Under the Evergreen

Album: Burn the Boats (2011)


  • Music critic, Ann Powers, commented that Shelby Earl's track, "Under the Evergreen," was "a call for Pacific Northwest music insiders to transcend their own assumptions of what's cool." In our interview with Earl, it was revealed Powers' interpretation differs from the true meaning: "Every song is up for interpretation, and that was Ann's take on the song (which is interesting and insightful)! But it is different from the original intention. I wrote this song when I was trudging through my days at a 9-5 corporate job and I was MISERABLE. I would sit in meetings at work and my heart and mind would be somewhere far, far away (usually cooking up lyrics or daydreaming about touring). But like most people who need to earn their own living, I felt stuck. Finally I had a revelation that no one was MAKING me stay in that job. No one was saying I COULDN'T do music full-time. I just hadn't tried! So it was while I was considering my options that I wrote Under Evergreen. It was sort of a 'note to self' - or a personal challenge - to look beyond what seemed to be the obvious path and to start dreaming again."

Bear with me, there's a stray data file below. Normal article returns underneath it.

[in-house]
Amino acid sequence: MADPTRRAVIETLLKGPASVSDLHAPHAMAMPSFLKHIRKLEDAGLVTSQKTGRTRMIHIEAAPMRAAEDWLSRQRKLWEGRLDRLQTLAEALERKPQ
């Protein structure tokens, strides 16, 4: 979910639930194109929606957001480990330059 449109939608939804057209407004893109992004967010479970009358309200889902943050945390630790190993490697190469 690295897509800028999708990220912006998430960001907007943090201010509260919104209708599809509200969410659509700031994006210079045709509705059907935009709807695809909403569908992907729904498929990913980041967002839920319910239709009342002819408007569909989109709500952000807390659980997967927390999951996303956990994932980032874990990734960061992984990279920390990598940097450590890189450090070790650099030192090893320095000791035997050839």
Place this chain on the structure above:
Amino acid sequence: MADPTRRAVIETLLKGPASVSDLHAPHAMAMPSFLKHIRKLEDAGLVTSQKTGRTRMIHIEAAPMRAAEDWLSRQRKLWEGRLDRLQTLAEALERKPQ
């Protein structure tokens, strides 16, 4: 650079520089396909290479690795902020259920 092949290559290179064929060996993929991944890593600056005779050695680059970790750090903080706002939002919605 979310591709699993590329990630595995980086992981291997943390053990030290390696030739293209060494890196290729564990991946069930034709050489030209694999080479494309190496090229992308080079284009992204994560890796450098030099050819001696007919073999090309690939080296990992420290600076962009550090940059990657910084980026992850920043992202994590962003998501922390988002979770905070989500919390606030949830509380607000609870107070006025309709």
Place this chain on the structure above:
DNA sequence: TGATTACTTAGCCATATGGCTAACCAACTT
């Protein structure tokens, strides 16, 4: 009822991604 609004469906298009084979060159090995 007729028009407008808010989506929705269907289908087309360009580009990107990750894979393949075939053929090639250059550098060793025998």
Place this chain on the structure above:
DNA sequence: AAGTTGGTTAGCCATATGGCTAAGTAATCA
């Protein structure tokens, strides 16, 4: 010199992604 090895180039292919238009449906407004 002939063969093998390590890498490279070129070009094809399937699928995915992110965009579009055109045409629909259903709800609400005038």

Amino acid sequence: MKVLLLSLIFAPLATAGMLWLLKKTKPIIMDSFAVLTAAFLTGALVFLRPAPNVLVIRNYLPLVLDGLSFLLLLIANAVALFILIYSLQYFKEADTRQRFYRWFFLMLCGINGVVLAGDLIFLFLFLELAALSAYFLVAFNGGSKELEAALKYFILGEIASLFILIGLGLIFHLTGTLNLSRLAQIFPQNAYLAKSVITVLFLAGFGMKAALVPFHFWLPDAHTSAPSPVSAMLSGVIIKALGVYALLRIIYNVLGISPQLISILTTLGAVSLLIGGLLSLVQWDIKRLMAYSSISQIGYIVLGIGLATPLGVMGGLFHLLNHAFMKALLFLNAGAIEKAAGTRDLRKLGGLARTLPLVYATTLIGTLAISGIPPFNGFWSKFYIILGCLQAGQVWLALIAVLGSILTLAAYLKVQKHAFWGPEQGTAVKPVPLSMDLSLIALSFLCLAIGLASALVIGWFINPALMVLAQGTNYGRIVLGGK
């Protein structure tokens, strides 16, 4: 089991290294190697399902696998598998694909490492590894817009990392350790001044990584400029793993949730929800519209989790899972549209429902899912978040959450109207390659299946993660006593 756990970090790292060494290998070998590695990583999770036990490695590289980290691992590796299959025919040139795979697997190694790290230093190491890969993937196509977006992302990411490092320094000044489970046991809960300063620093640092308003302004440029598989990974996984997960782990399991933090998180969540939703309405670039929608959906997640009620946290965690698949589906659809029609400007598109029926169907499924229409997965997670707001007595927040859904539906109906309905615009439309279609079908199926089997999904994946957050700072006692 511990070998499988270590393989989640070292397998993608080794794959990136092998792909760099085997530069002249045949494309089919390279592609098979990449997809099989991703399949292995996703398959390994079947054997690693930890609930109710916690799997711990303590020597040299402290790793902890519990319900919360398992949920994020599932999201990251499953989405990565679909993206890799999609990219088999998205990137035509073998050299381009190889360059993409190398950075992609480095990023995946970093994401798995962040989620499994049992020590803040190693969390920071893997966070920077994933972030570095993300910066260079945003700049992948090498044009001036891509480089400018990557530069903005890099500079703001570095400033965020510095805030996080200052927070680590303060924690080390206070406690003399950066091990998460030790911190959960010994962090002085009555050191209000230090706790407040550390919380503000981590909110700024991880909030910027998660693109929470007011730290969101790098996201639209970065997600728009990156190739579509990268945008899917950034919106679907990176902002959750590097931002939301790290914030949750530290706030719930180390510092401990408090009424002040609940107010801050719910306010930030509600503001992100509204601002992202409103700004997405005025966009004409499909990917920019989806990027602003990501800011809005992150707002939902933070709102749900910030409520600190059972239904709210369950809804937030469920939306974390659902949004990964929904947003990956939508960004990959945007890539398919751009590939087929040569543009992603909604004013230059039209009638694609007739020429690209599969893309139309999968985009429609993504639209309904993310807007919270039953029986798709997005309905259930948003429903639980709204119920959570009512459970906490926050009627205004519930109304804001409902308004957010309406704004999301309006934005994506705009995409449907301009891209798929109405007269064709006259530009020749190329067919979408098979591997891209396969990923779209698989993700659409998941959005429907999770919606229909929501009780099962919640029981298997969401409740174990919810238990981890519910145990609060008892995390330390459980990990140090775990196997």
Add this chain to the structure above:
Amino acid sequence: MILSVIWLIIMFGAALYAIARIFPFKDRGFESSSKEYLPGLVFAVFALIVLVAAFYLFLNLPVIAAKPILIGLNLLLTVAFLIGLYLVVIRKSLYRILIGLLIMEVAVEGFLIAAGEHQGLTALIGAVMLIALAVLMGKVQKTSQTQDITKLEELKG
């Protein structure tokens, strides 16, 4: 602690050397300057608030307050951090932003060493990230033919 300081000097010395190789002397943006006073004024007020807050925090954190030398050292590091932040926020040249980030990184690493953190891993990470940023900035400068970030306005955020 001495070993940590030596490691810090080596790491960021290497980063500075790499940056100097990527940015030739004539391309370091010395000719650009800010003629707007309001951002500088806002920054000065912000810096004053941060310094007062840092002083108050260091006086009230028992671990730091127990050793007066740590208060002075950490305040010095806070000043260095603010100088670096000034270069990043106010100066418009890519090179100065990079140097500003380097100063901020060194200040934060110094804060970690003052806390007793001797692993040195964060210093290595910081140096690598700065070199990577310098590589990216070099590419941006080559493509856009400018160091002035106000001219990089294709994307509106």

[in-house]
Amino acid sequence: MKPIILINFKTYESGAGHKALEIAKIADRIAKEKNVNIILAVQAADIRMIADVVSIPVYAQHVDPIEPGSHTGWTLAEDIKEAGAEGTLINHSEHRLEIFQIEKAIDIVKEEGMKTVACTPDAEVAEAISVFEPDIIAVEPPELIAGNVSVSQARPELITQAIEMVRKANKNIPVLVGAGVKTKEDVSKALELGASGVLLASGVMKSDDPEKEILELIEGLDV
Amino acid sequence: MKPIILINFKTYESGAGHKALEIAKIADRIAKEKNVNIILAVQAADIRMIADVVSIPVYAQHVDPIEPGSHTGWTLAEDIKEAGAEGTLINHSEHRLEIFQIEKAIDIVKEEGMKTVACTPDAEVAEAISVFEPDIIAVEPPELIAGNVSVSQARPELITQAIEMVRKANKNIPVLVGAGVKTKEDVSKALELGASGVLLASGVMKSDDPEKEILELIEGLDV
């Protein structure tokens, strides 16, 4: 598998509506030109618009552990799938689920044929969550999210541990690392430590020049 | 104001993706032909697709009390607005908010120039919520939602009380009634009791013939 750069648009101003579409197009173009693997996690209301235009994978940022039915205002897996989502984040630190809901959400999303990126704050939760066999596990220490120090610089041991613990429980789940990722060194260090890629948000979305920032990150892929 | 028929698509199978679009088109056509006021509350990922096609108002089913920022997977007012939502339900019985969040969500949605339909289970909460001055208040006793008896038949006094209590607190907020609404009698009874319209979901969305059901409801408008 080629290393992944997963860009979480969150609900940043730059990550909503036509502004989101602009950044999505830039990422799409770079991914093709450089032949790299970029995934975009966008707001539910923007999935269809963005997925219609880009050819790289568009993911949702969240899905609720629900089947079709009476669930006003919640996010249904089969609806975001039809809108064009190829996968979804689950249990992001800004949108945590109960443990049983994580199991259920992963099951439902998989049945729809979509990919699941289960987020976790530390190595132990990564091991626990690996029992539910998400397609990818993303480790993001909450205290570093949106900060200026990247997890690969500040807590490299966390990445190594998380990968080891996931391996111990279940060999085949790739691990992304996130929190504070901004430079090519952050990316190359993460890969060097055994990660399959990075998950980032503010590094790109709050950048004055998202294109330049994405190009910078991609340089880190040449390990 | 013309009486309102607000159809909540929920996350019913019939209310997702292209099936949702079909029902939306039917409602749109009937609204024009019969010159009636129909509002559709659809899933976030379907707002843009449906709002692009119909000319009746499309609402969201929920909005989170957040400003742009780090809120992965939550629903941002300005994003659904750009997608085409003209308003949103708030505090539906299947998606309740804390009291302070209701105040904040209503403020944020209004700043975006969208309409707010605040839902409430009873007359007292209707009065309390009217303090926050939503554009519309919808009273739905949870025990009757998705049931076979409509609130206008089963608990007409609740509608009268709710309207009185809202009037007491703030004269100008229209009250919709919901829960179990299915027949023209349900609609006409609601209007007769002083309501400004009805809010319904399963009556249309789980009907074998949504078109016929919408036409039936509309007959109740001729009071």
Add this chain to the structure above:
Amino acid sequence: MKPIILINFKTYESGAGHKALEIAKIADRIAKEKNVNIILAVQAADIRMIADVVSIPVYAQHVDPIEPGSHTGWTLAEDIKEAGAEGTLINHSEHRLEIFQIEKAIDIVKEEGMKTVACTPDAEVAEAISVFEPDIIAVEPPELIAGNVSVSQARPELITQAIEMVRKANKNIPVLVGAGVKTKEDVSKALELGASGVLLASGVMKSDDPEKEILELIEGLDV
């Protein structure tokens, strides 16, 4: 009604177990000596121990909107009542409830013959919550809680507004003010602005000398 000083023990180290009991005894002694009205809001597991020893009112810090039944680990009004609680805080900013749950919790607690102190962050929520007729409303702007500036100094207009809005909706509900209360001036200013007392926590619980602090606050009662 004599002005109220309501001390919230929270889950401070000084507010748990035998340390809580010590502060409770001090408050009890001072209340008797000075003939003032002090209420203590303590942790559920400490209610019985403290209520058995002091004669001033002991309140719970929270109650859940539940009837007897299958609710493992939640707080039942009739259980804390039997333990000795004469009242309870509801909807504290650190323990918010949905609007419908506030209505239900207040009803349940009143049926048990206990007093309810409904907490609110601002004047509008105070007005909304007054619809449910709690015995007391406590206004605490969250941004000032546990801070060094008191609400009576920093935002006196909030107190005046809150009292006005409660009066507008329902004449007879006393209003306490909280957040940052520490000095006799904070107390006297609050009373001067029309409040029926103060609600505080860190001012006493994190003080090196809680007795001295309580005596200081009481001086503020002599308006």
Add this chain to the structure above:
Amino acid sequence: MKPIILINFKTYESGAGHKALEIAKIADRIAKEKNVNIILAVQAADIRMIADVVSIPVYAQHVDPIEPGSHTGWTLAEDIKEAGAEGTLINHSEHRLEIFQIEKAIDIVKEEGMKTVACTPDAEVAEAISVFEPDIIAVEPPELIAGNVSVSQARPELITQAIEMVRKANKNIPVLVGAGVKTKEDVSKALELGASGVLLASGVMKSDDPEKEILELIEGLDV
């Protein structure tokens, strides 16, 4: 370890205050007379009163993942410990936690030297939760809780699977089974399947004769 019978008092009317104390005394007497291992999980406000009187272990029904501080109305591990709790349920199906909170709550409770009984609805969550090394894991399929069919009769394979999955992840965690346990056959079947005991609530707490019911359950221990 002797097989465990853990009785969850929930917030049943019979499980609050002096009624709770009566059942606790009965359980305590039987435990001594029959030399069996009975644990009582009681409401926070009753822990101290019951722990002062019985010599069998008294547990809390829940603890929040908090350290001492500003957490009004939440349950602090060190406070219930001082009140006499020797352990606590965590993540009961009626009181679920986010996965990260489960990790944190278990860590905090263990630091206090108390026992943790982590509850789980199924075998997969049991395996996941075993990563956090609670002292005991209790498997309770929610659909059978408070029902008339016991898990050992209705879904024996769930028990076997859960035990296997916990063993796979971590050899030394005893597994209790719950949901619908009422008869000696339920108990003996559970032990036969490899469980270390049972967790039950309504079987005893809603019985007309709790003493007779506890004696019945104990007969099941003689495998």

• Shelby Earl told us the song is a source of inspiration for many of her fans: "Nearly every time I play the song live, and share what it's about, someone will come up to me afterward and say 'Thank you. There's something I know I have to do in life and this song inspires me to go do it.' Taking a big leap into the unknown is terrifying – for everyone – but this song brings me total joy because I now have proof that the leap is worth it."
  • "Under the Evergreen" features on Shelby Earl's debut album, Burn the Boats. Music critic, Ann Powers, positively remarked the album was disinterested in being 'cool' or 'hipsterish'. Earl elaborated to us about Powers' comments: "Ann is right about the fact that I tried really hard not to let 'cool' steer my project. I mean, I personally think the album is pretty cool, but 'good' was waaaay more of a priority than 'hip.' The result of letting that priority drive our recording process is that the album's audience seems to be extraordinarily broad. My parent's friends love the record, my own friends dig it, and my friend's kids can grove on it. That's pretty damn cool if you ask me, and way more satisfying than making something that only the cool kids like."


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